Association between item sheet variables and affective psychosis

Multivariate analysis

All variables that were associated significantly with schizophrenia or affective psychosis on univariate analysis were entered into multivariate analyses. Table 4 shows the variables that were associated independently with schizophrenia and affective psychosis after logistic regression. The final model for schizophrenia comprised two symptom variables (‘abnormal suspiciousness or sensitivity’ and ‘relationship difficulties’) and two socio-demographic variables (‘family psychiatric history’ and ‘ past psychiatric contact’). The positive predictive power of the model for this sample of child psychiatric clinic attenders was 81.2% (26/32 cases correctly classified) and the model sensitivity was 65%. Adjusting for gender made no difference to the model. When we examined the ‘ Maudsley’ cases only, the associations did not change. When the early-onset cases were excluded, the association with ‘relationship difficulties’ became stronger. The associations with ‘past psychiatric history’ and ‘family psychiatric history’ were no longer statistically significant, although the odds ratios remained above 2. The final model for affective psychosis comprised three variables: ‘ hysterical symptoms’, ‘disturbance of eating’ and ‘ family psychiatric history’. The positive predictive power of the model for this sample was 63.6% (7/11 cases correctly classified) and the model sensitivity was 43.8%. The likelihood ratio test showed that gender made a significant difference to the model, so the odds ratios are presented after adjustment for gender. The wide confidence intervals for ‘hysterical symptoms’ reflect the loss of precision due to the 25 missing values in the comparison group. After excluding the early-onset cases, the association with ‘family psychiatric history’ became stronger but the associations with ‘hysterical symptoms’ and ‘disturbance of eating’ were no longer significant.

View this table:
Table 4

Independent association between schizophrenia, affective psychosis and item sheet variables: final models


Strengths of the study design

The main strength of this study was the availability of standardised ratings, made on first assessment at a child psychiatric clinic, which cover most aspects of childhood psychopathology. The content validity and reliability of the item sheet data has been shown to be very high (Thorley, 1987; Goodman & Simonoff, 1991). Although the data were collected for other reasons and cannot encompass all the questions that one would possibly wish to address, it is rare to find such a detailed source of psychological data covering a large sample of children on whom information is available for adult outcome. Our study is unique in including a relatively large group of children who develop affective psychosis in adulthood, because previous studies have either not studied such children or had very small numbers (Pritchard & Graham, 1966; Zeitlin, 1986). Another strength of the study design is the follow-up strategy to determine the adult psychiatric status of the comparison group, which increases the sensitivity of the associations reported in this paper.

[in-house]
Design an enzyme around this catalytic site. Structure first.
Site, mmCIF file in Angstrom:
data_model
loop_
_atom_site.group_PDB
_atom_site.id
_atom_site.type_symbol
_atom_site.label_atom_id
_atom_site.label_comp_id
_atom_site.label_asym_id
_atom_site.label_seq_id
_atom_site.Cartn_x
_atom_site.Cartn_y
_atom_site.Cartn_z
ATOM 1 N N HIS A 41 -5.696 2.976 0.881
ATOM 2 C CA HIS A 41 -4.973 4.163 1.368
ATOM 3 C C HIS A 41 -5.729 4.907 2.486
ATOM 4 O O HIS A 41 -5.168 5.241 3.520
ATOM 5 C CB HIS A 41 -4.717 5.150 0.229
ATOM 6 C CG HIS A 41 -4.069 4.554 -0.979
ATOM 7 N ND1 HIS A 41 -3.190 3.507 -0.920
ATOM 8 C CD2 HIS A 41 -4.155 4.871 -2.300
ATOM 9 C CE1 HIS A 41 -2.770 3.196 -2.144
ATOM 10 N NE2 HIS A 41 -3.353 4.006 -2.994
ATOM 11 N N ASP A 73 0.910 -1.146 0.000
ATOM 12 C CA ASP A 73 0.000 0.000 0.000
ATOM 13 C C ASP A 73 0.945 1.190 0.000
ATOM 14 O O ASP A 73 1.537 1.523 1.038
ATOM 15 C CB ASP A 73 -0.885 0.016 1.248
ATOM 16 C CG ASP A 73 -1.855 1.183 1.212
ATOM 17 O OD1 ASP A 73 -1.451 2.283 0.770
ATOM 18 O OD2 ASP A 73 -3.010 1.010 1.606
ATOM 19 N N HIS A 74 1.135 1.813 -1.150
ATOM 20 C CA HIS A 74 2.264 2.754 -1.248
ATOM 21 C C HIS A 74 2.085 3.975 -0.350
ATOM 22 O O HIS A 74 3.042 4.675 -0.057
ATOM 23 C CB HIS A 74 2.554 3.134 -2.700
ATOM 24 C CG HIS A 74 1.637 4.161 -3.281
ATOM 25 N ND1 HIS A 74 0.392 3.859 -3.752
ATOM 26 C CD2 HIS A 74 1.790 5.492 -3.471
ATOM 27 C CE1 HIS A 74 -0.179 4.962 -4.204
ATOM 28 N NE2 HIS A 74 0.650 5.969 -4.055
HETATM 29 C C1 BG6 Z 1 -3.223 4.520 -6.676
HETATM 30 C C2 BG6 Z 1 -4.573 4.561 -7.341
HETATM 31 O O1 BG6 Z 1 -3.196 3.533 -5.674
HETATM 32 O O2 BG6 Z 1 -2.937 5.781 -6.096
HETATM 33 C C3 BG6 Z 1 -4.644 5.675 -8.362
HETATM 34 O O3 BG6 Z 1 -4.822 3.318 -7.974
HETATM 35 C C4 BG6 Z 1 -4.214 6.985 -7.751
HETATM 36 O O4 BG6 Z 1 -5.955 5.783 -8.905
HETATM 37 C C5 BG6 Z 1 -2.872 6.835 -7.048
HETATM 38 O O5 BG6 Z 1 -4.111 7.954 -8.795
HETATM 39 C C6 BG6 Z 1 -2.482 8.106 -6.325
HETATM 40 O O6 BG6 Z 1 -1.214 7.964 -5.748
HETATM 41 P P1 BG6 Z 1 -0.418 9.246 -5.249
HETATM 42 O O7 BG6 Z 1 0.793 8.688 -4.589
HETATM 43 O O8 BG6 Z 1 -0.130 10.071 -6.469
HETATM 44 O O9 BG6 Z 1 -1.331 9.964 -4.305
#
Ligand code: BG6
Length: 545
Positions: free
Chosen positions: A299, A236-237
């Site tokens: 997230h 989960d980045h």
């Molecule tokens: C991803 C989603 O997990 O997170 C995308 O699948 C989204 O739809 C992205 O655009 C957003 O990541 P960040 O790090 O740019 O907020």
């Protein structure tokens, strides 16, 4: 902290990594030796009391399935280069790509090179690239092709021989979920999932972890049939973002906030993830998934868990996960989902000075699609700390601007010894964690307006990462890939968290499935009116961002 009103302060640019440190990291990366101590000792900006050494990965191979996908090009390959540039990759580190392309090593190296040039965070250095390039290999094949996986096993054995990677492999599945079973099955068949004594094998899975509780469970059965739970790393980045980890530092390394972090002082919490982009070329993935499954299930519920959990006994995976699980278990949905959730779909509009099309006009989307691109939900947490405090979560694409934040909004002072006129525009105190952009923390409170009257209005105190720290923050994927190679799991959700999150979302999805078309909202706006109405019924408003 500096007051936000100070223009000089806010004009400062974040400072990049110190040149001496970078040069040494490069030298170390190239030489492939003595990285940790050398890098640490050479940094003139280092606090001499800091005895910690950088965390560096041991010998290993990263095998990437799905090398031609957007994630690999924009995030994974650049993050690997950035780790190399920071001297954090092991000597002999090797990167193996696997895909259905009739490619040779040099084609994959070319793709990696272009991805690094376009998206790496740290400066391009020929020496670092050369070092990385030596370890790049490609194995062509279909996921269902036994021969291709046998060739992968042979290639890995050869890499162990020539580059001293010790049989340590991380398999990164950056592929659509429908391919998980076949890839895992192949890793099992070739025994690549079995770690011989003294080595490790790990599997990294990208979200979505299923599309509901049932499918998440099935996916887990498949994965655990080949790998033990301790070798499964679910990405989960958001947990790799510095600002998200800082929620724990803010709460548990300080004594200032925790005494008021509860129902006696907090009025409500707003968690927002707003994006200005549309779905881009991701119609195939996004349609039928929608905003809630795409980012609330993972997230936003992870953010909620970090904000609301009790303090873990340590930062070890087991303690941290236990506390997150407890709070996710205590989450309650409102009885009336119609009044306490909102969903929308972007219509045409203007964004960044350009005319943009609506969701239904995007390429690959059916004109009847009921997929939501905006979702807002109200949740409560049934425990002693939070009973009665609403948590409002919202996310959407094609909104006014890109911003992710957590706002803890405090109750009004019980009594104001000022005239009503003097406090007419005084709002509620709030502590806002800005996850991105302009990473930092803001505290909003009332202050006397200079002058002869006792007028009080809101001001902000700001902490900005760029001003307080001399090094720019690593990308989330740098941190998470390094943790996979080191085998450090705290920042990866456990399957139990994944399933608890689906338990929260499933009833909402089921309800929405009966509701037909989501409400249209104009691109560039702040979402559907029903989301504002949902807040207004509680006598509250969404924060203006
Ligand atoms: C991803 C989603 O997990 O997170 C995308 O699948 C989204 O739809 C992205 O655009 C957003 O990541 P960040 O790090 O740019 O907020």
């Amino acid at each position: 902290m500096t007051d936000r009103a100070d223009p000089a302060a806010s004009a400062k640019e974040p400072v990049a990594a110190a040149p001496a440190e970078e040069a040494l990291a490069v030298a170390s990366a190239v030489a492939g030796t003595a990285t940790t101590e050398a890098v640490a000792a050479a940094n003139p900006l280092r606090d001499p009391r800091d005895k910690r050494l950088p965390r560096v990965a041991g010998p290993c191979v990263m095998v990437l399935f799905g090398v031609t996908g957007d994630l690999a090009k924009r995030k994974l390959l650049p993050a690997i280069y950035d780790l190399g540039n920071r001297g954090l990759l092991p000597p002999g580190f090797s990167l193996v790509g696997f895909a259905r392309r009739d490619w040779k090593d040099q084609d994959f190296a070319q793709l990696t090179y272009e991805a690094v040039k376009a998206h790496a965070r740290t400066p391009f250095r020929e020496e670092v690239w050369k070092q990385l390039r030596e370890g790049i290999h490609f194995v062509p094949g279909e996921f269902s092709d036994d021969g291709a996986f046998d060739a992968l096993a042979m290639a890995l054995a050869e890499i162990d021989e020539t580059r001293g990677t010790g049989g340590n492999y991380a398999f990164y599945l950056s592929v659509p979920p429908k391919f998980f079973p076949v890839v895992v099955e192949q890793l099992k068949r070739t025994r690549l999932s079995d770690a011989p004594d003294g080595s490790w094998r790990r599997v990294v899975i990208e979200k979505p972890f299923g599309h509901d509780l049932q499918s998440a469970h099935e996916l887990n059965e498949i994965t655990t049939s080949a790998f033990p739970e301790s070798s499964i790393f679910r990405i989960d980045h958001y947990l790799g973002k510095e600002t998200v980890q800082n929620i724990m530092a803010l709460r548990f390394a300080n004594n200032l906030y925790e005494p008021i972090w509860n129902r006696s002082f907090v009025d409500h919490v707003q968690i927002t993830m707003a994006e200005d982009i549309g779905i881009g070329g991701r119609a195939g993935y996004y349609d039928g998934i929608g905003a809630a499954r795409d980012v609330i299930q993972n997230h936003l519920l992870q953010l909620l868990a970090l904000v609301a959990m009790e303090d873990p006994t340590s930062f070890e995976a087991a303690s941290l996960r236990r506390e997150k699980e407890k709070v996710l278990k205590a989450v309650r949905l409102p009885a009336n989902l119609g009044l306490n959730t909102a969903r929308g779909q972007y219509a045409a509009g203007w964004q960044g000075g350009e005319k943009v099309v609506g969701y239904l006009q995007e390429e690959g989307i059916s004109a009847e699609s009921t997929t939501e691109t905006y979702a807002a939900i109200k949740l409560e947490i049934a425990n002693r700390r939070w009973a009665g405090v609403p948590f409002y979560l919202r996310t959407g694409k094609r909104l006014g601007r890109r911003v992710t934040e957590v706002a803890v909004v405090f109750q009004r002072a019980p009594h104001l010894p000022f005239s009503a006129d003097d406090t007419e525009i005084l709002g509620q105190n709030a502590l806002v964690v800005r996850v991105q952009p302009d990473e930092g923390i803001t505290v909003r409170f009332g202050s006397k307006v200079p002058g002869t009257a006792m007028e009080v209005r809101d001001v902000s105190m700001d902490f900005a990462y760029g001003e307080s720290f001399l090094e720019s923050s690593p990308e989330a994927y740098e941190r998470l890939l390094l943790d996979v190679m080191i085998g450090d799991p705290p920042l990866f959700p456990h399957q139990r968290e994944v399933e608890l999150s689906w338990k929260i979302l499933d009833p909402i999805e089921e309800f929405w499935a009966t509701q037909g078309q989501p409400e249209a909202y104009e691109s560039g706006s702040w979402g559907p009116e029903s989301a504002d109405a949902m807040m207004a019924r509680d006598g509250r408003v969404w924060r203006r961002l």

A limitation of this study design is the possible lack of representativeness of our findings. Our sample represents adults who were sufficiently disturbed as children to be seen in a child psychiatric clinic that accepted both local and tertiary referrals. Strictly speaking, therefore, our results apply only to prediction of later psychosis among children who attend child psychiatric clinics. However, we will discuss the similarity of our results to findings from epidemiological general population samples, and show that there may be a wider application for our findings. In addition, by choosing as the comparison group children who had not suffered from mental illness in adulthood we hoped to find a comparison group as close as possible to a general population control group. Another limitation of this study is that some of the children were diagnosed with psychosis while still in the children's department. However, such diagnoses would have been made, in most cases, after a period of inpatient evaluation and not on the initial assessment, and the assessing psychiatrist would not have distinguished between schizophrenia and affective psychosis at that time. In addition, when we conducted our analysis without these early-onset cases, it made little difference to the findings. We feel, therefore, that we have identified precursors for psychosis rather than prodromes.

Comparison with previous work on schizophrenia

The two childhood symptoms independently associated with later schizophrenia in this study were ‘abnormal suspiciousness or sensitivity’ and ‘relationship difficulties (extrafamilial)’. Relationship difficulties and social withdrawal in childhood and adolescence have long been known to be risk factors for schizophrenia and have been found in previous work on precursors of schizophrenia among child psychiatric clinic attendees (Offord & Cross, 1969; Hartman et al, 1984; Ambelas, 1992). Indeed, a review of this literature revealed so much evidence of pervasive social isolation that Garmezy (1974) deemed it “the fundamental dimension that is most integral in the developmental histories of schizophrenics”. Our study had the power to distinguish between different types of relationship and found that familial relationships in childhood were not disturbed to the same extent as relationships with peers and other adults (usually teachers). Findings of relationship difficulties preceding schizophrenia are not confined to child psychiatric clinic samples. Two large cohort studies of male conscripts have found that poor social functioning at ages 16-18 years was the strongest predictor of later schizophrenia (Malmberg et al, 1998; Davidson et al, 1999). General population birth cohort studies have found problems with socialisation at even earlier ages: in the 1946 British birth cohort (National Survey of Health and Development), a preference for solitary play was apparent by 4 years of age among children who later developed schizophrenia (Jones et al, 1994). However, the inability to relate effectively with peers during childhood is probably a non-specific predictor of psychiatric and social morbidity, and we cannot determine the degree to which peer rejection contributes to this morbidity or is merely a marker of risk (Brown & Dodge, 1997; Hollis & Taylor, 1997).